Book Reference

The House Analogy

In Mere Christianity, C.S. Lewis uses an analogy about being a Disciple of Jesus that I have found to be very meaningful lately.

Lewis says that our lives are like a house. Before we invite Jesus into our house, it is a filthy mess. A mess that we really aren’t able to do anything about. The plumbing and electricity don’t work properly, it’s dank and moldy, the whole thing is in a state of disrepair.

But when we invite Jesus in, he starts fixing the things that are broken. He starts cleaning up the place. We are ecstatic! This place that used to be so miserable and depressing is now becoming beautiful and joyful! We are so happy and thankful as Jesus makes the house livable.

Then, once he has finished repairing and cleaning up, we’re ready to enjoy living in the house with Jesus.

And that’s when he pulls out a sledge hammer and starts knocking down a wall. Then he rips the wallpaper off. Next he destroys the deck and starts pouring more foundation in its place so he can work on a new extension.

The thing is, God isn’t a housekeeper. He’s an architect. He’s not here to maintain the little house we’re in. He’s here to create the house he has in mind. And where the new house and the old house are not compatible, the old house has to go.

Early this year, God showed up in my life in a fresh and powerful way. He fixed several things that had worn down and broken. He cleaned the layer of dirt and dust that had covered everything, and I expected that with a clean house, it was time to start fulfilling my purpose.

But instead, he started renovations. I can’t get the party started while all this construction is going on. So I’ve had to wait, because demolition and construction takes time.

It’s easy to be excited when God is cleaning things up and making everything beautiful. It’s harder to keep your eyes on the goal when all the work he’s doing seems to be making a bigger mess.  But that’s what it takes for upgrades to occur.

So please, pardon my dust while God is working on me. Soon, I’ll be ready to fulfill the purpose that I’m being designed for by the ultimate builder.

God's Cooking

I think God works more like a crock pot than a microwave.

When you cook with a crock pot, you put in some base ingredients and let the juices of the ingredients mingle together and slowly absorb into the vegetables and meat and beans and whatever else you throw in there. Occasionally, you may open it briefly to add a new ingredient during the process.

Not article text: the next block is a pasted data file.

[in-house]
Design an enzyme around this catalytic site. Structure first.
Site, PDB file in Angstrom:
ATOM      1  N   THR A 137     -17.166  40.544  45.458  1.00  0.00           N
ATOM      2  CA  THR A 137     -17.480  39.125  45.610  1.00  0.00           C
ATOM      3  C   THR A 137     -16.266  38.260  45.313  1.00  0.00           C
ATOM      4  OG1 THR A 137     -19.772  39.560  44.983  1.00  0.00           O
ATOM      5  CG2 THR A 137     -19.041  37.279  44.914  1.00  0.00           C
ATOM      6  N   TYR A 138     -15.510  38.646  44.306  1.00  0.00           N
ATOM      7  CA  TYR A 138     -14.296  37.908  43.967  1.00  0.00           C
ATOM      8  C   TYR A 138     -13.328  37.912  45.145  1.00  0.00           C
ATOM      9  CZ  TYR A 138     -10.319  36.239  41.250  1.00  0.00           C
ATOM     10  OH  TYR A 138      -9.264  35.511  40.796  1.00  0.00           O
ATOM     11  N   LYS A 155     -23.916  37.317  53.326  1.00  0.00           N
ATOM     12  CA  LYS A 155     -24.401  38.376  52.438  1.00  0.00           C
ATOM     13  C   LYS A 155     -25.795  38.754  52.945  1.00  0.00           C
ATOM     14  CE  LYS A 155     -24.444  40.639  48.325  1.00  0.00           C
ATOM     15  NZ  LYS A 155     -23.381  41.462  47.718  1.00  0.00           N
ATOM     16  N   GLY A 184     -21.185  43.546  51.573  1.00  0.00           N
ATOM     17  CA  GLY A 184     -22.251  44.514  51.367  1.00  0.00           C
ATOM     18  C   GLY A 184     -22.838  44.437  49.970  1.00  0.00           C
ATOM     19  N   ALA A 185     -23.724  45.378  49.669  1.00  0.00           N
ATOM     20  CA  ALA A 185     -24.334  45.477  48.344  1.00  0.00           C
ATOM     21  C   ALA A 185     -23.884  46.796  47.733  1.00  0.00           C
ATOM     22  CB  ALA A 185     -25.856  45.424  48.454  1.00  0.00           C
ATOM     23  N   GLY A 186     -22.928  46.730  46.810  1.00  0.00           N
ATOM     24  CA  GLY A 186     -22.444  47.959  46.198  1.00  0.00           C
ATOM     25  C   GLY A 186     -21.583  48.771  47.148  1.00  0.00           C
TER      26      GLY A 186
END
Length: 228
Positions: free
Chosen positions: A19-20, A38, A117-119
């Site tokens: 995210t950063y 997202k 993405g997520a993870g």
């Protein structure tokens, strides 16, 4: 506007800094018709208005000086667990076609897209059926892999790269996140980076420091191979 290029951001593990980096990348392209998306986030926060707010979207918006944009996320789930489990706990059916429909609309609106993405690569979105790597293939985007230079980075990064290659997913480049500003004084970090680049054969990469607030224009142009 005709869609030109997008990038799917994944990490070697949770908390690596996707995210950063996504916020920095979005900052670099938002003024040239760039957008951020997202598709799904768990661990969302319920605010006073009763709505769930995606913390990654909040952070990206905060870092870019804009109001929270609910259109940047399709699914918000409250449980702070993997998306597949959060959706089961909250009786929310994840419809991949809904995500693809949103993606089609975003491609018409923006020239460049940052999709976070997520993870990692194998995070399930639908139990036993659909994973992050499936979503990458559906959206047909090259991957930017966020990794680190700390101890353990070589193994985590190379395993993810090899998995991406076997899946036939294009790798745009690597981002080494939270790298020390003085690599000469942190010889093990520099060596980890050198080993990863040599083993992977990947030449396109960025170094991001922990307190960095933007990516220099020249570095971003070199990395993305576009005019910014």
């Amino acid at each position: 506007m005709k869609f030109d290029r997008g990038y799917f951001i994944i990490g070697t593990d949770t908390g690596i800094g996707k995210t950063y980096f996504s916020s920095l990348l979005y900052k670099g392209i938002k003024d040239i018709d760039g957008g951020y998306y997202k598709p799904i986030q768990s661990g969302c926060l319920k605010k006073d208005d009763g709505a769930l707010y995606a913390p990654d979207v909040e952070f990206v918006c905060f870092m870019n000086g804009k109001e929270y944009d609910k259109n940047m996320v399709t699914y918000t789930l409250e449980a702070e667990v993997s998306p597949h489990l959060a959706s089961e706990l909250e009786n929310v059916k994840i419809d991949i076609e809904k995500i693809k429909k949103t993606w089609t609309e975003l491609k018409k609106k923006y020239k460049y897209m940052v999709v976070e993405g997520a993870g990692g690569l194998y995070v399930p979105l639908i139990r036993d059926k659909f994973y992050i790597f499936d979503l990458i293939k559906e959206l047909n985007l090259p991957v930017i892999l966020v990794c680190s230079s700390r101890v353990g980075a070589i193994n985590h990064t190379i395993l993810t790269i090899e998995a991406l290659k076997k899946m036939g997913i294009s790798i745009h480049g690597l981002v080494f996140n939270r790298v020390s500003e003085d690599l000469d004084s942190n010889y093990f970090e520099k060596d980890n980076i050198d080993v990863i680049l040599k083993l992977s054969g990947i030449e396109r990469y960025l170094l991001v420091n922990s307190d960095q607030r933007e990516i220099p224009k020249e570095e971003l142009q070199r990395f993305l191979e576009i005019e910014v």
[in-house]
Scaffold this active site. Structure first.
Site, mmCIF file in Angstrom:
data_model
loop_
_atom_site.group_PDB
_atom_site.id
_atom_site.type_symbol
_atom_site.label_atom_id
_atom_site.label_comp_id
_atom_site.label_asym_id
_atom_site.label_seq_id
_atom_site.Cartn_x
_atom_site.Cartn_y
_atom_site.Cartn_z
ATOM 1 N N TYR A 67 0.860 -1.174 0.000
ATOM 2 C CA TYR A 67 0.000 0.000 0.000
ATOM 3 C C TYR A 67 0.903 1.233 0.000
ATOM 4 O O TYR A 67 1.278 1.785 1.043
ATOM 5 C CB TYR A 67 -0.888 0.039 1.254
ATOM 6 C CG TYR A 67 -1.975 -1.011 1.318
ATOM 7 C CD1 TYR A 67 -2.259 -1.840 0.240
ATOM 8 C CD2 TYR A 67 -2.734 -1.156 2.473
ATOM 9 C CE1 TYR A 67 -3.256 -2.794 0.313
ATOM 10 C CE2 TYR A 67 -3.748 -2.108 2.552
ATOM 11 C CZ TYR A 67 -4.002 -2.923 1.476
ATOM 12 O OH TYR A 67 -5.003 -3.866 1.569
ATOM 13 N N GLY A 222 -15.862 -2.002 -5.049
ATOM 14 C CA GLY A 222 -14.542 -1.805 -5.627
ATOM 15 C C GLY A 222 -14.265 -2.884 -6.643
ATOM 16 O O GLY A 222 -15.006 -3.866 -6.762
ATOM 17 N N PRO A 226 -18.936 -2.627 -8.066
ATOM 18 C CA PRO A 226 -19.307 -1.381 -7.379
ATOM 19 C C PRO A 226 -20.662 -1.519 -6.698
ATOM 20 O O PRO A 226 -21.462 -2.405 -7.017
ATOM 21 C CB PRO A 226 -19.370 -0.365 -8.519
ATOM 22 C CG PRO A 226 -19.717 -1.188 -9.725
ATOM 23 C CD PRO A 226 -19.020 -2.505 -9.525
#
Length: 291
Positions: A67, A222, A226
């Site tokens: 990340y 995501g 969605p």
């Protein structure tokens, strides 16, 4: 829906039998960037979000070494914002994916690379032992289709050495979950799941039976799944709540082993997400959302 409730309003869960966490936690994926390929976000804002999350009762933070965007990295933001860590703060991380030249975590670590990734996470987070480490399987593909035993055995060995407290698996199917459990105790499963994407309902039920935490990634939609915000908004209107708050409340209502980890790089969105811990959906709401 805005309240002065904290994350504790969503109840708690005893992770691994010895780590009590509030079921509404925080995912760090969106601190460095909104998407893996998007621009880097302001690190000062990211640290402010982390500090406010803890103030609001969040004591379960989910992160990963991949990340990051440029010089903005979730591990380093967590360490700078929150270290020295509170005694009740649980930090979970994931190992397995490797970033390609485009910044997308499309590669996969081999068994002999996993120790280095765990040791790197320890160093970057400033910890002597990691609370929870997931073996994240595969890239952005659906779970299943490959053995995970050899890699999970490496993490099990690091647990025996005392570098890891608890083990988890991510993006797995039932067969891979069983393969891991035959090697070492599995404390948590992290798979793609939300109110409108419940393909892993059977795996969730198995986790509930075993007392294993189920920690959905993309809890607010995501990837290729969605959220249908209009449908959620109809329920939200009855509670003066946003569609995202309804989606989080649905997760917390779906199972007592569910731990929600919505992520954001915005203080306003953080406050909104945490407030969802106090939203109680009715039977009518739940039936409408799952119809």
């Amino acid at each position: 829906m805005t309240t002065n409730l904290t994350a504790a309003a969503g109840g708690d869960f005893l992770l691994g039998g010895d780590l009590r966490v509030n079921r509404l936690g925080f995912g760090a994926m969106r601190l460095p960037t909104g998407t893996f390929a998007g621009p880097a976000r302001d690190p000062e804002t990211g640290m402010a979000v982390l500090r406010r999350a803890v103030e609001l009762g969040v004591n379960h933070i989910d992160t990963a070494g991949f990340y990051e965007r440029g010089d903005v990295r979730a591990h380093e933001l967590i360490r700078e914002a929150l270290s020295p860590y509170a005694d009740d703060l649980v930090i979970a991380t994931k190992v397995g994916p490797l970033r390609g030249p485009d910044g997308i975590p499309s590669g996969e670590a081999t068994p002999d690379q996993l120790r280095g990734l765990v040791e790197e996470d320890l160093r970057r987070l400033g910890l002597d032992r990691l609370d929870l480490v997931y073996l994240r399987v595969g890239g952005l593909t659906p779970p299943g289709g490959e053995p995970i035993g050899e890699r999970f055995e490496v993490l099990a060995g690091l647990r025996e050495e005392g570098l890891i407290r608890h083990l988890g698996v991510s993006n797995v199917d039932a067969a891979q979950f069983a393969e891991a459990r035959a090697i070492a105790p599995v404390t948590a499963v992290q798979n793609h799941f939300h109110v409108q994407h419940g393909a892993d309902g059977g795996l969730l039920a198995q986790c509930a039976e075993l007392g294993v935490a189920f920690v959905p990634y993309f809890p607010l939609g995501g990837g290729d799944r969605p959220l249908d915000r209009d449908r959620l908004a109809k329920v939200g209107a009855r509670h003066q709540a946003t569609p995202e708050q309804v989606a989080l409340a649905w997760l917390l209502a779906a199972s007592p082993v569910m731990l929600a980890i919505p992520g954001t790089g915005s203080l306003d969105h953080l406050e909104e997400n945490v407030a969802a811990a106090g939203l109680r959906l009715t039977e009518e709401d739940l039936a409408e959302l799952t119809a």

But by and large, you give it everything it needs, then you apply heat and you wait. It simmers and slowly swirls around, enhancing flavor and texture over the course of a half a day.m cook slowly over the course of time. You let the juices of the ingredients mingle together and slowly absorb into the vegetables and meat and beans and whatever else you throw in there. Occasionally, you may open it briefly to add a new ingredient during the process.

A microwave? It just makes things really hot, really fast.

You can cook stuff in the microwave, sure. But it’s not going to taste anywhere near as good as the crockpot. Also, you’ll have to do a lot of preparation before the microwave if you want stuff to come out tasty in the end. The microwave doesn’t do anything to enhance flavor, and not a whole lot to enhance texture unless you get it ready for that intense burst of heat.

Crock pot cooking doesn’t need a lot of preparation. You just put the right ingredients in and close the lid.

We live in a microwave society. We want it all and we want it now. If I want chili, I don’t want it in 4 hours, I want it in 10 minutes. So I’m going to open a can of slop and nuke it. It’s not very good, but it’s good enough…I guess.

I don’t think God is a “good enough” God. He does it the right way instead of the easy way. He’s willing to take a longer process to get a better result.

God once told me ‘be more worried about who you are than where you are’. The journey, the process isn’t an inconvenience to him. It’s just as (if not more) important than the end result.

I read “A Million Miles in a Thousand Years” by Donald Miller this week and it really opened my eyes to this. God is telling a story in our lives. If you went to a movie and it was over in 5 minutes, you’d be ticked. If I said “But you saw the results!”, it wouldn’t satisfy you. You go to a movie to see the story start, and develop and then finish. You’re paying to go on a journey, not just to arrive at a destination.

So as you simmer and stew sometimes in life, don’t try to force God to rush. Half stewed potatoes aren’t very good.